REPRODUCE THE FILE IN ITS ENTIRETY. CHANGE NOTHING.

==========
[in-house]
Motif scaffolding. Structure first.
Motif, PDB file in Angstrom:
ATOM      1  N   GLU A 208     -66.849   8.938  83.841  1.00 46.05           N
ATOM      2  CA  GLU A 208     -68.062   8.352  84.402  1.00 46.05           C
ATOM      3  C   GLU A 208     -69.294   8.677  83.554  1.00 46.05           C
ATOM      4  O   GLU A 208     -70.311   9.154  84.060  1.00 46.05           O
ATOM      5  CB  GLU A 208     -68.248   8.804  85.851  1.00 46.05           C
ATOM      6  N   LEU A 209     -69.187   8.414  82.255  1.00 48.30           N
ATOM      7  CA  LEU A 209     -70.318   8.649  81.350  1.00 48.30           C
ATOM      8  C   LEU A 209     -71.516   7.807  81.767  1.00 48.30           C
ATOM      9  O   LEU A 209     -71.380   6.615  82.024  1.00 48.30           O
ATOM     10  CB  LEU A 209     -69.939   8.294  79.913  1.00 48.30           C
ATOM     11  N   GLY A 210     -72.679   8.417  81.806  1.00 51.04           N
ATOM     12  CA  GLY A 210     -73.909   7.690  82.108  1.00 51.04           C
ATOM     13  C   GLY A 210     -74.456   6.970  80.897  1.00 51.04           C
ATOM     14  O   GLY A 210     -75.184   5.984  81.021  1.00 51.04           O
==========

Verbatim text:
[in-house]
Motif scaffolding. Structure first.
Motif, PDB file in Angstrom:
ATOM      1  N   GLU A 208     -66.849   8.938  83.841  1.00 46.05           N
ATOM      2  CA  GLU A 208     -68.062   8.352  84.402  1.00 46.05           C
ATOM      3  C   GLU A 208     -69.294   8.677  83.554  1.00 46.05           C
ATOM      4  O   GLU A 208     -70.311   9.154  84.060  1.00 46.05           O
ATOM      5  CB  GLU A 208     -68.248   8.804  85.851  1.00 46.05           C
ATOM      6  N   LEU A 209     -69.187   8.414  82.255  1.00 48.30           N
ATOM      7  CA  LEU A 209     -70.318   8.649  81.350  1.00 48.30           C
ATOM      8  C   LEU A 209     -71.516   7.807  81.767  1.00 48.30           C
ATOM      9  O   LEU A 209     -71.380   6.615  82.024  1.00 48.30           O
ATOM     10  CB  LEU A 209     -69.939   8.294  79.913  1.00 48.30           C
ATOM     11  N   GLY A 210     -72.679   8.417  81.806  1.00 51.04           N
ATOM     12  CA  GLY A 210     -73.909   7.690  82.108  1.00 51.04           C
ATOM     13  C   GLY A 210     -74.456   6.970  80.897  1.00 51.04           C
ATOM     14  O   GLY A 210     -75.184   5.984  81.021  1.00 51.04           O